What guided your overall approach to shooting this film?
The movie goes back and forth between a lot of different time periods, and also between India and London. Since the story is not told chronologically, I didn’t want the audience to get confused, so I developed a distinct color palette for each era, using my own LUTs and also changing the color temperature in-camera. There is a big scene towards the end when Shakuntala and her daughter are in a London lawyer’s office. It is set in the year 2000, and for that I chose a much colder tone and soft lighting, with a cleaner look. This contrasts with earlier scenes set in India, when I used stronger backlight, warmer colors, and put haze inside rooms so we see shafts of light coming through windows.
We didn’t have a big budget and time was limited. Our only shooting locations were London and Mumbai, but there are scenes set all over the world. Often, we had to create two or three different setups at a single location, for example making the same place look like Los Angeles for one scene and London for another. It meant the director and I often had to be creative with focal length and depth of field, to not show too much when doubling locations, and rely on color and texture to give a sense of place.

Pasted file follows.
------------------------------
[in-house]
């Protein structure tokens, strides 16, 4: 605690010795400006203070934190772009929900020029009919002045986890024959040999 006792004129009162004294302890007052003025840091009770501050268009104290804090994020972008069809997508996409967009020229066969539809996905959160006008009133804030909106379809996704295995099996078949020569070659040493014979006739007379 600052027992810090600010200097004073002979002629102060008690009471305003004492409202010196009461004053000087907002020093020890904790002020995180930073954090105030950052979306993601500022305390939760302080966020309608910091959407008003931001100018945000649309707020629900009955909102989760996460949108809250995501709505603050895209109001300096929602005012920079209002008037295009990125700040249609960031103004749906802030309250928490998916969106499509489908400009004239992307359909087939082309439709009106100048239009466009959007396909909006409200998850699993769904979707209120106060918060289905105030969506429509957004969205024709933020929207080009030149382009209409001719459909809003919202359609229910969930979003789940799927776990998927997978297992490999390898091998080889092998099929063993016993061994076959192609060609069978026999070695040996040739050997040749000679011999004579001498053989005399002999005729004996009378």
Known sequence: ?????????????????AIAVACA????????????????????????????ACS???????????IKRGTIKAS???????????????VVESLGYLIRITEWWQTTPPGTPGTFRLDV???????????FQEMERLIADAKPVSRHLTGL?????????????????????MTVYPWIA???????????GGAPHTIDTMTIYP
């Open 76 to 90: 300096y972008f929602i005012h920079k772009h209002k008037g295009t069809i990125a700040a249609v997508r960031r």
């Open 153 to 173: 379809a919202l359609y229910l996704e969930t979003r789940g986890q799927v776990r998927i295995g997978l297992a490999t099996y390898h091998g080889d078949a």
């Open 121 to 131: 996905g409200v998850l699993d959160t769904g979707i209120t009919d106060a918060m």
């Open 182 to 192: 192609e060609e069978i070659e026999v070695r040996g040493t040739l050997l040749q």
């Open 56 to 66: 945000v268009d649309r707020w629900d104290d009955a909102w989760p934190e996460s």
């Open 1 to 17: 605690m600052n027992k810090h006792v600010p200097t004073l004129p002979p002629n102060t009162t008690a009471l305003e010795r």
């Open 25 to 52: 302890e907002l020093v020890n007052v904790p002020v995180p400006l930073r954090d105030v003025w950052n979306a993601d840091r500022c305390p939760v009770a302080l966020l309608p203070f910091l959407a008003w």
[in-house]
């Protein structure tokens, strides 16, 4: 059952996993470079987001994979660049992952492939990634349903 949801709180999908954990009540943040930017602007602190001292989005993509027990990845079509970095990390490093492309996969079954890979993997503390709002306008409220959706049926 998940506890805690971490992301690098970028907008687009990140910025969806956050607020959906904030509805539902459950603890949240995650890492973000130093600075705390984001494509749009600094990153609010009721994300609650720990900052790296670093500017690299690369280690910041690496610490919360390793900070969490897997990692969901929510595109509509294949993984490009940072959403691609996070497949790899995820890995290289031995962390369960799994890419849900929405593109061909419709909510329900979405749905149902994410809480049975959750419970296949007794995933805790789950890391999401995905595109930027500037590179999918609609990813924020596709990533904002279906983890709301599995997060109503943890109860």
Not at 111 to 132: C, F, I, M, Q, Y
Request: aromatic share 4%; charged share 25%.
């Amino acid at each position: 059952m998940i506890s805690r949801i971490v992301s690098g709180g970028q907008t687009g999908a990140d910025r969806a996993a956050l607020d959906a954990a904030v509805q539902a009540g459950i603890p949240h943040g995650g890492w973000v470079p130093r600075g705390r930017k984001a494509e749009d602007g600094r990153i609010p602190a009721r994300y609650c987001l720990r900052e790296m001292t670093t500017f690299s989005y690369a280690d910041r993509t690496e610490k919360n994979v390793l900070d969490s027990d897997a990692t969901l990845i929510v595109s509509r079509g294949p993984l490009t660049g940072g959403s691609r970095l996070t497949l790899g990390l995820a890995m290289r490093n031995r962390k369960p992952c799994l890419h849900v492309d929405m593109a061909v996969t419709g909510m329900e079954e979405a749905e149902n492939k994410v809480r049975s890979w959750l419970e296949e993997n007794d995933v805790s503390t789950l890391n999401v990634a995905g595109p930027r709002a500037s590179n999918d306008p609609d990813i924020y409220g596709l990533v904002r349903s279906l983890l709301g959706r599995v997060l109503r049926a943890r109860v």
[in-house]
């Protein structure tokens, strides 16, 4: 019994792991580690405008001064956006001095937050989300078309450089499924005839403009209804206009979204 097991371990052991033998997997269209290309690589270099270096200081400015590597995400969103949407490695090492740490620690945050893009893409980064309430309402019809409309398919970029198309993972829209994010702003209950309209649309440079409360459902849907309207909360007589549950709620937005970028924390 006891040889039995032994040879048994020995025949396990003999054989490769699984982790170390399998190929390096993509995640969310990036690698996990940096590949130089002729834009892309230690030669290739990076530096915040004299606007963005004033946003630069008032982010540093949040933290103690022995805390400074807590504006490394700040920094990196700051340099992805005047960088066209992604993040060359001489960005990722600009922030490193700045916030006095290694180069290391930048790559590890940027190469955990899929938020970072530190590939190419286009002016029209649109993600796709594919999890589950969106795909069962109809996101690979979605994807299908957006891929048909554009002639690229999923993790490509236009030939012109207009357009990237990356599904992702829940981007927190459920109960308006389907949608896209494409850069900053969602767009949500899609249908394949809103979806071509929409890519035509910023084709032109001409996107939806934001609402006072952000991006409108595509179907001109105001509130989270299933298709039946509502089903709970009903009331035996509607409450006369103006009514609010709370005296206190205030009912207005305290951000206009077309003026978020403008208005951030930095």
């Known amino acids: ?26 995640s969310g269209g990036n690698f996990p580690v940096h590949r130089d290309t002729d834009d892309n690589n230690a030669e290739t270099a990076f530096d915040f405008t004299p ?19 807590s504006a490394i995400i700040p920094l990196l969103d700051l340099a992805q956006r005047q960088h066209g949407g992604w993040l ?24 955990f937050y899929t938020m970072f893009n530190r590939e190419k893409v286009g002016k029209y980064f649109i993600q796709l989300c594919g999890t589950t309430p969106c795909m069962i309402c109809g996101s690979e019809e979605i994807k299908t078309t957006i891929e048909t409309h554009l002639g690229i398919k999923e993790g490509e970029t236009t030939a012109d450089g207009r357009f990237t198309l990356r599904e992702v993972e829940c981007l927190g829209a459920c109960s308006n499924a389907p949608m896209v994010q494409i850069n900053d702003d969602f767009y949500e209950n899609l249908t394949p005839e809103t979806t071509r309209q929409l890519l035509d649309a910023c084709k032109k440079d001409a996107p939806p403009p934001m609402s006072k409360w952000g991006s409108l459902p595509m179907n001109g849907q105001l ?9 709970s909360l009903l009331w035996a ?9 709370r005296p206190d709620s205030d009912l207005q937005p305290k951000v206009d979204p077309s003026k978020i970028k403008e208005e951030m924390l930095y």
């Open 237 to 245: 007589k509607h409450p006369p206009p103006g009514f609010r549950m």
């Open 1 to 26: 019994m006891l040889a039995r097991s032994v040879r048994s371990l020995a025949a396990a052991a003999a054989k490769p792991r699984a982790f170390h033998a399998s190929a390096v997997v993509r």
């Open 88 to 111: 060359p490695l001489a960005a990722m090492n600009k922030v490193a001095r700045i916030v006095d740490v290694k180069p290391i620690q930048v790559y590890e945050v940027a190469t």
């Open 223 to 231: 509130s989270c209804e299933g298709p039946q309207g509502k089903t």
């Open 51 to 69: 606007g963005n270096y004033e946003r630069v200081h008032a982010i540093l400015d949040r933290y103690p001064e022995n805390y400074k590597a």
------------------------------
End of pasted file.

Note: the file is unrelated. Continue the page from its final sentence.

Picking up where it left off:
Why did you choose to shoot large-format with ALEXA LF?
Before this movie I shot another Indian film called “Tanhaji: The Unsung Warrior,” which was a period action film. It was the first time I used the ALEXA LF with Signature Primes, and I really enjoyed the combination. When I got the opportunity to shoot “Shakuntala Devi” I knew immediately that I wanted to do the same again.